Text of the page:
I will add some of my scripts that are more universal to the rclone wiki in the near future.

--vfs-read-chunk-size will not cache or share any data between multiple readers. It works fully transparent in the vfs layer without altering any cache behavior. It only concatenates the chunks virtually, so the vfs layer thinks its reading from a regular file.
--buffer-size will still work as intended as the top level buffer, providing data when a new chunk is opened.

Using --vfs-read-chunk-size in combination with a cache remote will not provide any benefit, as the cache already works on a chunk basis.

Well of course you got a ban as you aren’t using the cache feature in your config.

I’ve scanned my entire library in less than 48 hours and at:

I’ve never ever seen the 10TB limit thing in a day. With more files, it begs to ask, why aren’t you using the cache feature?

Where do you see your “requested bytes” for the day?


This looks promising, i added the stuff you put into my traditional rclone service and testing for

If it gets past show 300, then potential, scans to 1900; then set :smiley: I’ll report how it works. If works, then make a teamdrive script same way, then unionfs it and deploy our ST2 transfer script to bypass the 750GB upload limit (which works).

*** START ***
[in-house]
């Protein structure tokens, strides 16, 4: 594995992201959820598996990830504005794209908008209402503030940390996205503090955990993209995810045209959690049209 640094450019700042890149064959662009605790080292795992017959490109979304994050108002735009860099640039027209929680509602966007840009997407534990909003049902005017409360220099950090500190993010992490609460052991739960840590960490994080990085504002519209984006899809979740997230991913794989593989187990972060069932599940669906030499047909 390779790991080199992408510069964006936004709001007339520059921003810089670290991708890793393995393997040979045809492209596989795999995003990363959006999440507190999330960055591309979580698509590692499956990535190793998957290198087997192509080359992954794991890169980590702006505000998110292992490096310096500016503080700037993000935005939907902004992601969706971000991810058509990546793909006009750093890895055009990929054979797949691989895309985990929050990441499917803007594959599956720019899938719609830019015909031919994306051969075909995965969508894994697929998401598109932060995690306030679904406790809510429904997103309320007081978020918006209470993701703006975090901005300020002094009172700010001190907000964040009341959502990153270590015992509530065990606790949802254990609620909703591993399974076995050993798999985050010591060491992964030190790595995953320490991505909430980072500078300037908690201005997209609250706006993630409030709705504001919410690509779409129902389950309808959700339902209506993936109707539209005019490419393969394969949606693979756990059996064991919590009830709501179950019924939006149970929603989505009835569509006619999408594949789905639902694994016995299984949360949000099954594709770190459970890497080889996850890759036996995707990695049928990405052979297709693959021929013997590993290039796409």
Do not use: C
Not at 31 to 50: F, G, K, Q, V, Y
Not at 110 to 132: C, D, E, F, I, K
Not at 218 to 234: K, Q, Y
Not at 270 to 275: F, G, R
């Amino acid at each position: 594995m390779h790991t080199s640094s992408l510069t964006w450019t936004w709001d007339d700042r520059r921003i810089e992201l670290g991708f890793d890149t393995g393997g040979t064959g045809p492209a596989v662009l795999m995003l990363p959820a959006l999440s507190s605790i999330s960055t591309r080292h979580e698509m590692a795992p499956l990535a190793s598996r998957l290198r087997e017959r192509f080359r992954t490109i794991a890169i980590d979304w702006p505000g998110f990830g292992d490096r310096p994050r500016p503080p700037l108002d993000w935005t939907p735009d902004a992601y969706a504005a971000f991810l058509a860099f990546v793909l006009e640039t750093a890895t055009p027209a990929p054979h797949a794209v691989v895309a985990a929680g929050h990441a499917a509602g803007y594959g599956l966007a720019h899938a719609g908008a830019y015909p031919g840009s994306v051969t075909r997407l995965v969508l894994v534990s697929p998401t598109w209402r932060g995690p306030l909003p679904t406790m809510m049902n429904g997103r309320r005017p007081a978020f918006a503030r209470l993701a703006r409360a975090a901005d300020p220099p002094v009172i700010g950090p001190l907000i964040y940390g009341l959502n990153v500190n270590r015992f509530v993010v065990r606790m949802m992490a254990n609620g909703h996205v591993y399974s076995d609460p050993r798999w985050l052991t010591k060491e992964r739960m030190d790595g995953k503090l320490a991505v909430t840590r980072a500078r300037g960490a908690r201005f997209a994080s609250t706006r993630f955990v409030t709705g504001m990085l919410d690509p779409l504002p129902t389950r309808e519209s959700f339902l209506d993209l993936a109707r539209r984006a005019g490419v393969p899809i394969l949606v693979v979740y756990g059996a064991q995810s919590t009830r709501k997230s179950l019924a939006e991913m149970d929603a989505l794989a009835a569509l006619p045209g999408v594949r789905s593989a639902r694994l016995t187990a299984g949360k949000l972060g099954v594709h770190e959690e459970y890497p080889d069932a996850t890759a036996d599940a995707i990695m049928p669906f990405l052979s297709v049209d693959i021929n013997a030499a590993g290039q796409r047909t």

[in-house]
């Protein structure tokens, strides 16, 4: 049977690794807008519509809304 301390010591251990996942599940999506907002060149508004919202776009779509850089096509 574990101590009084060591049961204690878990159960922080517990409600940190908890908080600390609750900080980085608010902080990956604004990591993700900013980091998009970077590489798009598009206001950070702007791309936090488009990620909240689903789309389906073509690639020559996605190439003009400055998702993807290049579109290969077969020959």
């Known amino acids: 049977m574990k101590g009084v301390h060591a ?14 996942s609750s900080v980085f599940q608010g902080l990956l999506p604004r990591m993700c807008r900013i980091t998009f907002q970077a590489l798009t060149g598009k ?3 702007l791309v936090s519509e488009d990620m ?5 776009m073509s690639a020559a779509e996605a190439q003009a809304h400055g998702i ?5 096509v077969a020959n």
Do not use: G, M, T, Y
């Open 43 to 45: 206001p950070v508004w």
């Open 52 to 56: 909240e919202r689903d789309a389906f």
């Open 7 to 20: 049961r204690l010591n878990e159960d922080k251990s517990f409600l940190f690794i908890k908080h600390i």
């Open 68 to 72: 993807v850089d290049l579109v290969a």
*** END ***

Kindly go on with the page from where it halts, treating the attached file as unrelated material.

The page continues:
This seems to be a not so official limit. It gets mentioned in this post or on reddit.

A long time my Plex was running on a low disk space server at scaleway.
The bandwidth was great, but the Plex library used most of the disk space. So I decided to work on chunked reading to reduce the risk of bans.

As it is in official, there is no way to see this.

If I’m following your logic, why not use cache because of bans?

The chunked would reduce the 10TB limit thing.

And back to my other question, if I’m running a mediainfo on a 55GB file, you are saying it would take 55GB on ‘requested bytes’, but there is no way to see this anywhere so how can you tell?

The primary reason was, not having enough disk space as the cache backend was new.
The chunk behavior in the cache backend is also fairly new. At the time this got implemented, I started working on the chunked reading for the vfs layer.